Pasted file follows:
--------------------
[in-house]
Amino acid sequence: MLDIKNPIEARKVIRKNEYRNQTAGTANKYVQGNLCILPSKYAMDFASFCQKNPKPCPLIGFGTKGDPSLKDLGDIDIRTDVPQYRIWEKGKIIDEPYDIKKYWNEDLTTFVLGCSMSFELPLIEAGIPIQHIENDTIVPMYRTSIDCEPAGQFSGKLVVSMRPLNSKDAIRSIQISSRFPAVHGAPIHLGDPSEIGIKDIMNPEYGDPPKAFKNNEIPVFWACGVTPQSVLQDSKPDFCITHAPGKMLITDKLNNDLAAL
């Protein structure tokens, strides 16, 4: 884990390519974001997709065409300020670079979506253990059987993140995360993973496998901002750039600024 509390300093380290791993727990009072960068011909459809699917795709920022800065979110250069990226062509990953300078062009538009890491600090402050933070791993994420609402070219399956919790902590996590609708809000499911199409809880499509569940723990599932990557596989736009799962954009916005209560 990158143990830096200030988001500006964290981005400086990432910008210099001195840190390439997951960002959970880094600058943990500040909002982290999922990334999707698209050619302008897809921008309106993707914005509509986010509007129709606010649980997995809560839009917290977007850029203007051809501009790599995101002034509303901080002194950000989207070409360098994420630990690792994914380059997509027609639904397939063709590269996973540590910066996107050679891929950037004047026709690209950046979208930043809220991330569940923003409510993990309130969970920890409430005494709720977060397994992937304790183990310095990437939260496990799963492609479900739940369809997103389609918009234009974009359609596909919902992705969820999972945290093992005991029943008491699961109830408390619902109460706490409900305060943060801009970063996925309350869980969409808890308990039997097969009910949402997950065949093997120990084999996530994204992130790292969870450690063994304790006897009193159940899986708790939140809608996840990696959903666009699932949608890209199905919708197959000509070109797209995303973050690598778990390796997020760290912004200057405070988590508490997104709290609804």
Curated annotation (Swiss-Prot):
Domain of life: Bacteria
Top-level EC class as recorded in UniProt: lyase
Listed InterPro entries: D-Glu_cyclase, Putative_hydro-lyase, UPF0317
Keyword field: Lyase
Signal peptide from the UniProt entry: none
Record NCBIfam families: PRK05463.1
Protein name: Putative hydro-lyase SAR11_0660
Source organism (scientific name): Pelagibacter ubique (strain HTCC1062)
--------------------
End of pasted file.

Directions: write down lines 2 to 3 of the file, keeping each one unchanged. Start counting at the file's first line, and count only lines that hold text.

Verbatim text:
Amino acid sequence: MLDIKNPIEARKVIRKNEYRNQTAGTANKYVQGNLCILPSKYAMDFASFCQKNPKPCPLIGFGTKGDPSLKDLGDIDIRTDVPQYRIWEKGKIIDEPYDIKKYWNEDLTTFVLGCSMSFELPLIEAGIPIQHIENDTIVPMYRTSIDCEPAGQFSGKLVVSMRPLNSKDAIRSIQISSRFPAVHGAPIHLGDPSEIGIKDIMNPEYGDPPKAFKNNEIPVFWACGVTPQSVLQDSKPDFCITHAPGKMLITDKLNNDLAAL
């Protein structure tokens, strides 16, 4: 884990390519974001997709065409300020670079979506253990059987993140995360993973496998901002750039600024 509390300093380290791993727990009072960068011909459809699917795709920022800065979110250069990226062509990953300078062009538009890491600090402050933070791993994420609402070219399956919790902590996590609708809000499911199409809880499509569940723990599932990557596989736009799962954009916005209560 990158143990830096200030988001500006964290981005400086990432910008210099001195840190390439997951960002959970880094600058943990500040909002982290999922990334999707698209050619302008897809921008309106993707914005509509986010509007129709606010649980997995809560839009917290977007850029203007051809501009790599995101002034509303901080002194950000989207070409360098994420630990690792994914380059997509027609639904397939063709590269996973540590910066996107050679891929950037004047026709690209950046979208930043809220991330569940923003409510993990309130969970920890409430005494709720977060397994992937304790183990310095990437939260496990799963492609479900739940369809997103389609918009234009974009359609596909919902992705969820999972945290093992005991029943008491699961109830408390619902109460706490409900305060943060801009970063996925309350869980969409808890308990039997097969009910949402997950065949093997120990084999996530994204992130790292969870450690063994304790006897009193159940899986708790939140809608996840990696959903666009699932949608890209199905919708197959000509070109797209995303973050690598778990390796997020760290912004200057405070988590508490997104709290609804």